Expectation doesn’t always match actuality, which is a shame, but sometimes we can do something about it. This is a tiny tale of my attempt to do just that.
Early in 2015 I was on the lookout for a Linux based Network Attached Storage (NAS) system that had the more enterprise goodness I had encountered with my ventures into ZFS via FreeNAS i.e. Copy on Write (CoW), data checksums, snapshots etc., and happened across Rockstor; but at the time it had no graphical Uninterruptible Power Supply (UPS) configuration. This for me was a show stopper (story to follow), my expectation was to adopt my dream NAS setup that ran on my favourite Operating System (OS) and to have an all Linux setup once again. Actuality was falling short.
Sure I was impressed with FreeNAS but I’m a Linux guy and having been an all Linux setup for 15 years at least, it grated to be using NanoBSD for my NAS. Nothing against FreeNAS but my mainstay OS of choice was set and I had grown very familiar with it; the BSD’s for all their splendour were just not my cup of tea and it sat uneasy that my darling OS was just not serving me in every way I wanted. It had been years since I’d looked at Linux NAS ditributions so surely something had happened. It was at this point that I first came across Rockstor. This thing was neat, focused, to the point, and most encouragingly developed completely in the open. Sure it was still quite young at less than two and a half years but the pace of development was fast. That’s great I thought, if it has what I need then marvellous but alas it was short of one key feature. It had no graphical way to configure Network UPS Tools (NUT), a UPS tools system, and for me this was just not the ticket. Given that Rockstor is essentially a full CentOS with a WebUI bolted on to deal with the btrfs / NAS / sharing stuff I knew I could simply do a text based NUT config but that wasn’t what I wanted. That wasn’t an appliance. I had already spent many years doing everything with my teeth even down to the early days of mode lines in X windows and reserving memory just to get 3D going, and regular kernel recompilations or CUPS recompilations just to be able to print. My Linux should be better than that, it should by now be for the people; all the people. With all the goodness of a modern file system.
So I wondered on by. But the whole Rockstor dabble had left a lasting impression and I just couldn’t shake the fact that I was just not happy running a NanoBSD based system when my passions and interests were Linux based. It also greatly excited me that I might once again become an all Linux setup. I enjoy the Linux ethos and I believe the nature of the licence to be key: i.e. Apple’s advancements in BSD that no one else has. Alas; sometimes expectation just doesn’t match actuality.
But hold on I thought, I can’t let a little thing like a missing feature stand in my way. I began making tentative inroads into Rockstor’s community forum and the GitHub hosted code to see what I might do to make a difference. There were some unusual elements to this NAS distro, they had obviously made significant efforts towards usability, you know where things make sense due to design; an all too sparse quality in many OSs. I slowly and surely became convinced that this was an OS NAS OS (open source NAS operating system) of the future, in the making. And I wanted to be part of that future.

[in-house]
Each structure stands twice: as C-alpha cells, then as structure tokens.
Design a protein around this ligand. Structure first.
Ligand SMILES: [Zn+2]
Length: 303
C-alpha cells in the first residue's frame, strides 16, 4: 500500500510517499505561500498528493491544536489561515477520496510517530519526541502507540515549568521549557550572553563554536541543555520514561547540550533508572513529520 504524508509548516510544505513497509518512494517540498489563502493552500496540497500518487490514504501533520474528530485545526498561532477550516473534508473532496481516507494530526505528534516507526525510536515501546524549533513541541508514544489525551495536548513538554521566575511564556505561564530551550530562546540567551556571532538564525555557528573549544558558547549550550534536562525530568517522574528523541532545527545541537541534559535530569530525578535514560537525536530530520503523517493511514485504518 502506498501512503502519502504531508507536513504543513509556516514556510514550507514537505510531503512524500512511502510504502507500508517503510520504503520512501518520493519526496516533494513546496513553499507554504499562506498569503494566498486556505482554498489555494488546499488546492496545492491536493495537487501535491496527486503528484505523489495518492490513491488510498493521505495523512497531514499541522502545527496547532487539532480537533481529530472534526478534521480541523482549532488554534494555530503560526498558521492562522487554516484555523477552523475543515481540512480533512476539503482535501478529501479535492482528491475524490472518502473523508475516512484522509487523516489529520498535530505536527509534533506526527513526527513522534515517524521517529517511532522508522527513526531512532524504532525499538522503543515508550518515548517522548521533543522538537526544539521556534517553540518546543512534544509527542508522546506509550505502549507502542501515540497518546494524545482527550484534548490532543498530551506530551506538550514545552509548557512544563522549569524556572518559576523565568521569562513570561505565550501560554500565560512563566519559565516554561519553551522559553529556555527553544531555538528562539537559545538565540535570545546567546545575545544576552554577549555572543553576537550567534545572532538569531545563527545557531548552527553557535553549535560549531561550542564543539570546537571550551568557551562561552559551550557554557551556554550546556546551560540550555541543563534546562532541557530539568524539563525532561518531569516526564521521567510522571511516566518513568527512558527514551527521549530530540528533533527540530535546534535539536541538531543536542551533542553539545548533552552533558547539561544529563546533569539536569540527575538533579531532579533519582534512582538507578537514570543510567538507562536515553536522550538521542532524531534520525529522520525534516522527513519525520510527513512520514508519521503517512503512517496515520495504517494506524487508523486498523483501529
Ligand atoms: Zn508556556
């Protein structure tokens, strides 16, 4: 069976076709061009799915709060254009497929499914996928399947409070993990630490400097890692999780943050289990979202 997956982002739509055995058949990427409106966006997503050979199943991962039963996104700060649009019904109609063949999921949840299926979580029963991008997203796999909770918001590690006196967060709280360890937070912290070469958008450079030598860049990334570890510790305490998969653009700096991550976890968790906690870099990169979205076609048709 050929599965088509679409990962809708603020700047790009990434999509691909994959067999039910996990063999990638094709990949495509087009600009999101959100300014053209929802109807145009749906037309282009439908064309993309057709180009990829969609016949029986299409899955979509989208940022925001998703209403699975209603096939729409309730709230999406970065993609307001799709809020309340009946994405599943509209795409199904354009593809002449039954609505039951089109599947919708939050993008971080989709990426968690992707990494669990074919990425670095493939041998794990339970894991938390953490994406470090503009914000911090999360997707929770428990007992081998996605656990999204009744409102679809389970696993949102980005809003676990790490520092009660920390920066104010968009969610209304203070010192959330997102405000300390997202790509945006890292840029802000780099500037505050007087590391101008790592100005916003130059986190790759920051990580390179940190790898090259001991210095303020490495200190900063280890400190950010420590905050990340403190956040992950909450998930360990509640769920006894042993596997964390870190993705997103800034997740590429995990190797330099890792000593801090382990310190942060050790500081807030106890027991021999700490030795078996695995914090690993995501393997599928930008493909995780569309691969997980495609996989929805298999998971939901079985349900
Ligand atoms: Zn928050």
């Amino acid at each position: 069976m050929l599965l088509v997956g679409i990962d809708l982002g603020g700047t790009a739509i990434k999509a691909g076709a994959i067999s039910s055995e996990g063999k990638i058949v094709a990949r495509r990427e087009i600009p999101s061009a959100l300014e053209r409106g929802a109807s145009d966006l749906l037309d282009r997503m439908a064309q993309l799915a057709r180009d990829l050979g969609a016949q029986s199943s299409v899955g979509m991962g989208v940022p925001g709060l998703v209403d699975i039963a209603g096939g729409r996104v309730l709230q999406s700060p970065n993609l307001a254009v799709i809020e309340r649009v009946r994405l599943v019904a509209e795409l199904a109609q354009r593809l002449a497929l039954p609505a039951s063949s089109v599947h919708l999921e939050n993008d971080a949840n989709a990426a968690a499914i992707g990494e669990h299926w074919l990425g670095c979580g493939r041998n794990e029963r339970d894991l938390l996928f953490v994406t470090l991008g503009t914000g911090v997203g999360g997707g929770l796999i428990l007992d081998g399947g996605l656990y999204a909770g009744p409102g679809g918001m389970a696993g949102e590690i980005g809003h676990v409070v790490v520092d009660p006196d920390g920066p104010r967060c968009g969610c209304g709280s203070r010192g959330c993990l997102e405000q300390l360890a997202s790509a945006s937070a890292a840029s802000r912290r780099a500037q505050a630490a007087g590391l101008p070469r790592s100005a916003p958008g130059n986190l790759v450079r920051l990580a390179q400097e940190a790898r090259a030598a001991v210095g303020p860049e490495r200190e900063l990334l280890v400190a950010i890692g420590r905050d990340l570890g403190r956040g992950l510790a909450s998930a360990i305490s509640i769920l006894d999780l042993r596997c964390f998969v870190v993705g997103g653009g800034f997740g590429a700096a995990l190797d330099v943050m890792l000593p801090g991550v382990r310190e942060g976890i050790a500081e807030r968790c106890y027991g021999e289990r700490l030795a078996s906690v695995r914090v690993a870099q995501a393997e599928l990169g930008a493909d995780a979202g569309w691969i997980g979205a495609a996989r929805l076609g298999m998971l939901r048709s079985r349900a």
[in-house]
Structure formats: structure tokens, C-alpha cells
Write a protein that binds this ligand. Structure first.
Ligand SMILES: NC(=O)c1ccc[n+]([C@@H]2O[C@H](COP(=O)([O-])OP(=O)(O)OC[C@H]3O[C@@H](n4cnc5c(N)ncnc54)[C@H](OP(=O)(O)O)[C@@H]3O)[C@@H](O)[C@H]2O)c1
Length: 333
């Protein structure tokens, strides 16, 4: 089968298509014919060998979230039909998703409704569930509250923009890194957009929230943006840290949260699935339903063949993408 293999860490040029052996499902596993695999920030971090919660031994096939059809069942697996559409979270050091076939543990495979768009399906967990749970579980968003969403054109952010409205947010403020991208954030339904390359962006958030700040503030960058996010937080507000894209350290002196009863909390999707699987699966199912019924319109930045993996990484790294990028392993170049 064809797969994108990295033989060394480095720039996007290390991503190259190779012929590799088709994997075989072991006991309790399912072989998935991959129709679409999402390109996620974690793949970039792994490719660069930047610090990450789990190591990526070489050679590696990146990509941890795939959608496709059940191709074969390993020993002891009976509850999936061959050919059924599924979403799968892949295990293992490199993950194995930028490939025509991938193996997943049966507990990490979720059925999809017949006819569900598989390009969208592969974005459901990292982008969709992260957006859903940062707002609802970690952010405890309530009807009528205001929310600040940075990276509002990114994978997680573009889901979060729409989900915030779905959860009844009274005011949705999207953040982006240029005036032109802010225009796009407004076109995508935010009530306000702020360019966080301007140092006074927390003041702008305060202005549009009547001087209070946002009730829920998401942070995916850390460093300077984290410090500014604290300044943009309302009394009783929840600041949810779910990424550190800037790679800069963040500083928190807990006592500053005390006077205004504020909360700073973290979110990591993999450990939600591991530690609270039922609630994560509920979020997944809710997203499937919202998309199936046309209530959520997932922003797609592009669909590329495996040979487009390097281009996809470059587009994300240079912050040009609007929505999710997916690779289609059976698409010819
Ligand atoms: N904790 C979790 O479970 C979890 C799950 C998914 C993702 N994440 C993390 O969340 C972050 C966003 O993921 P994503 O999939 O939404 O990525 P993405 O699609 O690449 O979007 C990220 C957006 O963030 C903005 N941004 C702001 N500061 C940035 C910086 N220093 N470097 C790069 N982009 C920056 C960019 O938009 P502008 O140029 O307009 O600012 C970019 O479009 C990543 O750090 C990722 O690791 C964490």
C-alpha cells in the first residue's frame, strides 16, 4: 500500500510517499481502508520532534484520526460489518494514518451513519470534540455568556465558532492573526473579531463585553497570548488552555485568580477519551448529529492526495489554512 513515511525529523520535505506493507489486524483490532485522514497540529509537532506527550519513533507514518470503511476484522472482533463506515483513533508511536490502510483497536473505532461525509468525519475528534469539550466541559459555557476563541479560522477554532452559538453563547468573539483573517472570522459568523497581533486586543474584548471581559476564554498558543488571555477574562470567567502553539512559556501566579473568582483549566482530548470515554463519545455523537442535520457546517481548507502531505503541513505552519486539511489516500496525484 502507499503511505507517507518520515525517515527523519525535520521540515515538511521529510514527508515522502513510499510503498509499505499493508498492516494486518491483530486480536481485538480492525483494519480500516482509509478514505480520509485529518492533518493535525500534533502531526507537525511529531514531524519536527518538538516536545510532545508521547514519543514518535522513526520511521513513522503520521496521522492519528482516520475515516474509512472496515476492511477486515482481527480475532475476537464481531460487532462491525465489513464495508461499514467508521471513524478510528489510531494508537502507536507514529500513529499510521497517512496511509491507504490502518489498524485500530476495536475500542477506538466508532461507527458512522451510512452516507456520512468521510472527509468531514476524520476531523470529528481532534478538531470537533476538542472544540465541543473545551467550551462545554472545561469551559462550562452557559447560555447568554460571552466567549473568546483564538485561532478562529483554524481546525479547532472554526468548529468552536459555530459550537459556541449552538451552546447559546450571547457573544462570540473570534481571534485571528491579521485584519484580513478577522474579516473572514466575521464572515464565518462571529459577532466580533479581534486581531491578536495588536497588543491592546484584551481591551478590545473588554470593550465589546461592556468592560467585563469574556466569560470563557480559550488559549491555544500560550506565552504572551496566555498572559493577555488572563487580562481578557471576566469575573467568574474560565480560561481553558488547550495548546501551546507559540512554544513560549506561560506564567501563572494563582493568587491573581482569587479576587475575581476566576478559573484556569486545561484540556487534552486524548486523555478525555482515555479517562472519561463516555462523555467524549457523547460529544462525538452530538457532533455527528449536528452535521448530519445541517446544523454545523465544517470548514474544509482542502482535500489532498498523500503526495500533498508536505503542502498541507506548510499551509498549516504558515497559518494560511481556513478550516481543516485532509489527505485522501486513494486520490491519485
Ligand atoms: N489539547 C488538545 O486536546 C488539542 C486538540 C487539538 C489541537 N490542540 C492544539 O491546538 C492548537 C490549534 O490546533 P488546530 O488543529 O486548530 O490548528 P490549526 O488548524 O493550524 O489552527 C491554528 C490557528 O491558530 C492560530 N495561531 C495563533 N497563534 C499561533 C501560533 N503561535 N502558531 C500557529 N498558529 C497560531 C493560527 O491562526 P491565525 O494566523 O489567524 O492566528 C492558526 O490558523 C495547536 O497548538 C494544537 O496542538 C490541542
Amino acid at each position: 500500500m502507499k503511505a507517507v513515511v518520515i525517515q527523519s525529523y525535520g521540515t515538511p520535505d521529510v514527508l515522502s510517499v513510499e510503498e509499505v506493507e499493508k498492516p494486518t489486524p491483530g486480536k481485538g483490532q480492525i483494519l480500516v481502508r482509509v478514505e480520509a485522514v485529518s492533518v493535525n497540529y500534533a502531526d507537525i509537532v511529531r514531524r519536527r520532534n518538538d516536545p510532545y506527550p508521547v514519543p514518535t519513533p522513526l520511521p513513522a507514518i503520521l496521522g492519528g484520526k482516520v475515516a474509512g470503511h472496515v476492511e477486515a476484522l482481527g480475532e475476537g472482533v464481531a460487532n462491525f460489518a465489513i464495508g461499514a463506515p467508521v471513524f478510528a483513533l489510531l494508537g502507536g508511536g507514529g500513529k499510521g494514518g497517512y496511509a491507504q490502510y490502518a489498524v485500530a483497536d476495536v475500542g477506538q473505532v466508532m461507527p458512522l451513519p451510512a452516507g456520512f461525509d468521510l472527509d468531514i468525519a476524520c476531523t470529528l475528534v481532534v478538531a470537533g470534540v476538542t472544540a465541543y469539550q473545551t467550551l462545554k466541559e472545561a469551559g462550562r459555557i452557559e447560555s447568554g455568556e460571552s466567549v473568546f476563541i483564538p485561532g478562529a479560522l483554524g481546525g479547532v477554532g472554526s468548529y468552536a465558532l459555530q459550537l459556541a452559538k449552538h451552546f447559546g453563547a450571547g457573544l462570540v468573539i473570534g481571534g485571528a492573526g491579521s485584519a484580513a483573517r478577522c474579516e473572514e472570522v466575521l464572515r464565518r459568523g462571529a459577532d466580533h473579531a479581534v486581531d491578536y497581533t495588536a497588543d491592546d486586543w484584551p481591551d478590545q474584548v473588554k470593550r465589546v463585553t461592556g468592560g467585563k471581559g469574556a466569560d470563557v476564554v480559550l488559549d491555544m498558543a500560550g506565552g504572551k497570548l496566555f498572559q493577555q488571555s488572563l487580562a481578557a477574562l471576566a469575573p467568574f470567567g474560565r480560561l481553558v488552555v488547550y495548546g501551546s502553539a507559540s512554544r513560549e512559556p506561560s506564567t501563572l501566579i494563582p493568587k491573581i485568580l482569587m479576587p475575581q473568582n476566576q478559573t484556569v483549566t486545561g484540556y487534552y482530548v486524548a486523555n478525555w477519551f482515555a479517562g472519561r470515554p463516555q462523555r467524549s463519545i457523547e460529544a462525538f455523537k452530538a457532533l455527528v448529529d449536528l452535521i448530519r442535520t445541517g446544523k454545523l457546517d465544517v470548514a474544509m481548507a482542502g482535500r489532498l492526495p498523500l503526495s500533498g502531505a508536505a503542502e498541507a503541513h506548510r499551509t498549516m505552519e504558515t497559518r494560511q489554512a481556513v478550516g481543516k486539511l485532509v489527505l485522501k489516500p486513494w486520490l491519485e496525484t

Oh and what Brett said.
Sometimes one just has to adapt to a situation and sometimes one can adapt the situation.
Adaptation by adapter. Not all FT232R’s are equal; a null modem wired usb to serial adapter adapted for UPS testing. Sorted.
Part of the future
At that time the forum was run on something decidedly inferior to Discourse and wouldn’t even render in my browser of choice, this wasn’t good. So I dove into the git repository and browsed the issues and pull requests to try and gain a deeper understanding. In my meandering I saw one or two tiny fixes I could make and on a whim started submitting the smallest of pull requests. Whilst exploring the feature set further I received a friendly error message that something had gone wrong. Nicely caught and no horrible crashes just a neat dialog encouraging me to send an automatically prepared zip of logs to the developers. Elegant I thought. Not just a long wait in the nothingness of an unresponsive system but true assistance and guidance. I was further impressed. So I downloaded the log zip and not wanting to bother the developers with my silly problem I took a peak. What I saw was something crafted, full on Python with exceptions caught everywhere, not just another PHP monster but a proper structured entity with objects and fancy ways and means. Anyway, the logs pretty much pinpointed the problem but I just wasn’t familiar enough with the code to tackle this myself so in the interests of living up to my ideals I posted an issue.